Digital marketing, particularly social media, has led to an obsession with meaningless numbers.
Followers, “likes”, and connections may give some indication of the size of your potential audience. But those numbers say nothing about whether your audience is really following your lead, liking what you have to say, or connecting with your message.
If followers are all you care about, hundreds of services and tricks can help you drive up those numbers with very little effort at all. You can buy hundreds of “likes” for your Facebook page for just a few cents each. Or you can use a Twitter follower service that automatically or manually follows hundreds of people every day from your account in the hope that a percentage will follow you (and then, after a few days, automatically “unfollow” those who don’t).
This is a completely true assessment of curation. Curation is a good strategy but like any form of content marketing it takes time. More than time it’s about consistency and focus. Most people give up or stop just as they are about to realize their greatest traffic and monetization gains, that’s why it is important to overcome hurdles in curation…
Many bloggers these days are turning to content curation as a tactic to add to their repertoire of blogging tools. As they do so they are finding that content curation can be hard work. Maybe not as hard as content creation, but it does have its own hurdles and can be very time consuming to do well.
The biggest hurdle to content curation is also why it is valuable to your blog’s community – there is so much information to read through and digest out on the internet. To do well at curation, you need to process 20, 50 maybe 100 articles and posts per day to find great information to curate. Just skimming a bunch of titles from your RSS feed and posting them without comment just doesn’t cut it these days.
As I was answering by drawing from my 12 years across Asia (China, Japan, South Korea, Singapore, Malaysia), I had a sort of epiphany and started to write down the criteria I thought composed an ecosystem. I then proceeded to score several markets using those, which brought interesting comparisons. The initial draft expanded into this column. It is far from perfect and comments to improve it are welcome!
Jack Humphrey tells us why clan marketing is like AOL. Why Content Curation makes you more powerful than your competition, even though you maybe even sharing their content and saving time not reinventing the wheel and more… True Chuck, but this is a recorded version on my G Plus For Business Show broadcast via Google Plus Hangouts ON Air. I have to name the video before the show starts, no control over what happens next. Thanks Much and a big hat tip goes out to Jack Humphrey for taking the time to help us understand how and why people really trust, respect and buy from us on the web.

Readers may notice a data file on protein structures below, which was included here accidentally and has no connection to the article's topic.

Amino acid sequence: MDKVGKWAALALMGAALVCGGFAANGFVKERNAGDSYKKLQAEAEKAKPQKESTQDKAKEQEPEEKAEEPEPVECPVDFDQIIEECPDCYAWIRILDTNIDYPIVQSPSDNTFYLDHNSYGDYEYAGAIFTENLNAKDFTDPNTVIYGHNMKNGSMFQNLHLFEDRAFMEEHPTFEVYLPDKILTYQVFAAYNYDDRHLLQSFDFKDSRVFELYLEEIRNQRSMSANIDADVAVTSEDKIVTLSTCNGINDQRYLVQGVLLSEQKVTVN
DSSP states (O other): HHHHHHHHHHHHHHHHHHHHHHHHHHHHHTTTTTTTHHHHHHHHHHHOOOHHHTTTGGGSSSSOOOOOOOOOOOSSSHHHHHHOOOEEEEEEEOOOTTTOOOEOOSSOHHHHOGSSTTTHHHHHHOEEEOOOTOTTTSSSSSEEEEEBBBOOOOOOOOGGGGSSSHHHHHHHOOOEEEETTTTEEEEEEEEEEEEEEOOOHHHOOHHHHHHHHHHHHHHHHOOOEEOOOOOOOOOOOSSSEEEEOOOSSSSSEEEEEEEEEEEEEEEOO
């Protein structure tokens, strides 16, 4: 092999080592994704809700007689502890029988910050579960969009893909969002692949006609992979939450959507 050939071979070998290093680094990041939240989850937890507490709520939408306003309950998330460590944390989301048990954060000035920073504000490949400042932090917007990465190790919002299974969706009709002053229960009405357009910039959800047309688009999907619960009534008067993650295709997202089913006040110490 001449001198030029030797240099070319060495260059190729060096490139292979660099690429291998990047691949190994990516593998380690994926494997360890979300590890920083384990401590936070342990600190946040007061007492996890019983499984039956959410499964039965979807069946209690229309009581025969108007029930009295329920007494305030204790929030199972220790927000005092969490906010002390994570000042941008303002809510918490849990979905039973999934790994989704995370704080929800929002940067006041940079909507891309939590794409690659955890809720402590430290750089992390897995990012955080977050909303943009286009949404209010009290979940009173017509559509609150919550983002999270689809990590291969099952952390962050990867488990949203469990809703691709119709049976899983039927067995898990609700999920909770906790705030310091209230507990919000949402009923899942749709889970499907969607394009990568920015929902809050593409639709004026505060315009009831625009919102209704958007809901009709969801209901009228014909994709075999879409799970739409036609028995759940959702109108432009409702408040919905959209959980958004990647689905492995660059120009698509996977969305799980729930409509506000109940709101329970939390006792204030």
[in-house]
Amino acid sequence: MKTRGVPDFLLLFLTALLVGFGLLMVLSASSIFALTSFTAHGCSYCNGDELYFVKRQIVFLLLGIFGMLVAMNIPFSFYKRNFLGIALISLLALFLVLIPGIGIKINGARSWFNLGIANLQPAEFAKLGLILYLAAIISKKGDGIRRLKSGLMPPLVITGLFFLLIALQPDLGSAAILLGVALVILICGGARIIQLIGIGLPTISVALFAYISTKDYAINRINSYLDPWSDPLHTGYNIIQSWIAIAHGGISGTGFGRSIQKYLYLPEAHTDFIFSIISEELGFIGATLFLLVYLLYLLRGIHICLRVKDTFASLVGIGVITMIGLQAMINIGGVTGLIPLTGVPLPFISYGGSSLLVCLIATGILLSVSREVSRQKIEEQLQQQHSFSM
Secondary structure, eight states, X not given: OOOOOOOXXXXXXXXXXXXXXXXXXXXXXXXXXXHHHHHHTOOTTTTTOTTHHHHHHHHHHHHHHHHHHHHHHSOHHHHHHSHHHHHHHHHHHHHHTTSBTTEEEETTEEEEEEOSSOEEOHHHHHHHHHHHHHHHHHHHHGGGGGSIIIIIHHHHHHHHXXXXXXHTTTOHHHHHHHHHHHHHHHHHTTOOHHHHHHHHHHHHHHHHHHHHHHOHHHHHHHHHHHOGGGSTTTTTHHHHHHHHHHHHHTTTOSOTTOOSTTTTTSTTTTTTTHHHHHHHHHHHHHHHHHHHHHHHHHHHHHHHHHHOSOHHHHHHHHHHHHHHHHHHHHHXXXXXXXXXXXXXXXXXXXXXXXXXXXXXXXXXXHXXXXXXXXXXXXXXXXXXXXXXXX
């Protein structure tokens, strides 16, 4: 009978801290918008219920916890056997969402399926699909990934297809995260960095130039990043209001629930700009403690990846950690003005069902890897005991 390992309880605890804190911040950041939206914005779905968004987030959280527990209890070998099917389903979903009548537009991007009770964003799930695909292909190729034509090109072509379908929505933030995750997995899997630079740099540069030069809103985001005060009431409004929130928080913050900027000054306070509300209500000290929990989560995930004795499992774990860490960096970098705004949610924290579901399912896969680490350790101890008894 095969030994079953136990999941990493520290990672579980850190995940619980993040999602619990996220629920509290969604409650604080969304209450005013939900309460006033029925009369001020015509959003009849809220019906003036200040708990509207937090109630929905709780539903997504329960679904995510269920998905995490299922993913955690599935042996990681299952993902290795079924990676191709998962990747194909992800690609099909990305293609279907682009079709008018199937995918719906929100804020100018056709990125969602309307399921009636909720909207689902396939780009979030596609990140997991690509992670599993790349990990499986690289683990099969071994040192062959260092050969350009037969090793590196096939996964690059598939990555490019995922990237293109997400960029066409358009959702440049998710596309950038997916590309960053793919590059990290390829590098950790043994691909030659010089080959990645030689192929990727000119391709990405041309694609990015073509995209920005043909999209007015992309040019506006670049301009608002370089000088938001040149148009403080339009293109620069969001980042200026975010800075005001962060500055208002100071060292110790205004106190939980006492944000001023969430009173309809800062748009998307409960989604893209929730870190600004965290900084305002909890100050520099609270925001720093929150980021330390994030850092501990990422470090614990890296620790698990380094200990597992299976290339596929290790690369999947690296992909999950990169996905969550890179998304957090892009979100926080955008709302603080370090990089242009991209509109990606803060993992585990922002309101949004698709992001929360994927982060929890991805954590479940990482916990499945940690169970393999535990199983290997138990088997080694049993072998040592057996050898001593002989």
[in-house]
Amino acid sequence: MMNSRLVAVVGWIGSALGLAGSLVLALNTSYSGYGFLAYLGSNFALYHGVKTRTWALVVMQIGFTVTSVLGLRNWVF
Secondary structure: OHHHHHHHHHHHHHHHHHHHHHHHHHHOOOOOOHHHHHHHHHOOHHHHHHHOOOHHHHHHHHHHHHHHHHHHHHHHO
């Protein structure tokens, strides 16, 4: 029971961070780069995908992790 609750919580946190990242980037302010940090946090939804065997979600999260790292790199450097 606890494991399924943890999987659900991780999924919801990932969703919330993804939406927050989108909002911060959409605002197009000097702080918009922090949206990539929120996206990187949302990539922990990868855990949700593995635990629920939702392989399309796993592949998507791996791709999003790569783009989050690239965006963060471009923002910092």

If content is currency, what does that make content curation? We’ve all heard the buzzword thrown around, but let’s take a quick look at what it is and why we need to practice it. The “why” is simple. There’s just too much unfiltered real-time data floating around. In his article for Fast Company, “Content Curators Are The New Superheros Of The Web,” Steve Rosenbaum, CEO of Magnify.net and author of Curation Nation, praises those who take it upon themselves to become content curators and gives us some numbers to ponder: Yesterday, 250 million photos were uploaded to Facebook, 864,000 hours of video were uploaded to YouTube, and 294 BILLION emails were sent. And that’s not counting all the check-ins, friend requests, Yelp reviews and Amazon posts, and pins on Pinterest. […]And while algorithms have gotten better at detecting spam, they aren’t keeping up with the massive tide of real-time data.In 2010 we frolicked, Googled, waded, and drowned in 1.2 zettabytes of digital bits and bytes. A year later volume was on an exponential growth curve toward 1.8 zettabytes. (A zettabyte is a trillion gigabytes; that’s a 1 with 21 zeros trailing behind it.)
This is a really good post on the overview of content curation, why it’s important and how to get it done. Well worth the read…
War is hell and so was getting this interview with General George S. Patton. I’ve wanted to sit down with one of the most brilliant generals the world has created for a while now…
Scott: First, General Patton thank you for allowing me this interview. You are arguably one the greatest generals of the last 100 years–but beyond that you are also one of the most successful leaders of the last 100 years. There is tons of talk these days of creating movements, of leading people, and making this a better place. What is your thoughts on this?
Is Twitter a complete waste of time and effort? Sure it has 145 million users worldwide and the tech/journalistic community is obsessed with it. But for marketing or awareness is it a waste of time?
Yes and No. Twitter has become a very focused network of tech savvy individuals. Although there is a subset of users here and there that use it for strictly communication and entertainment purposes– it still is the home of the techies. Business Insider makes three great points about this: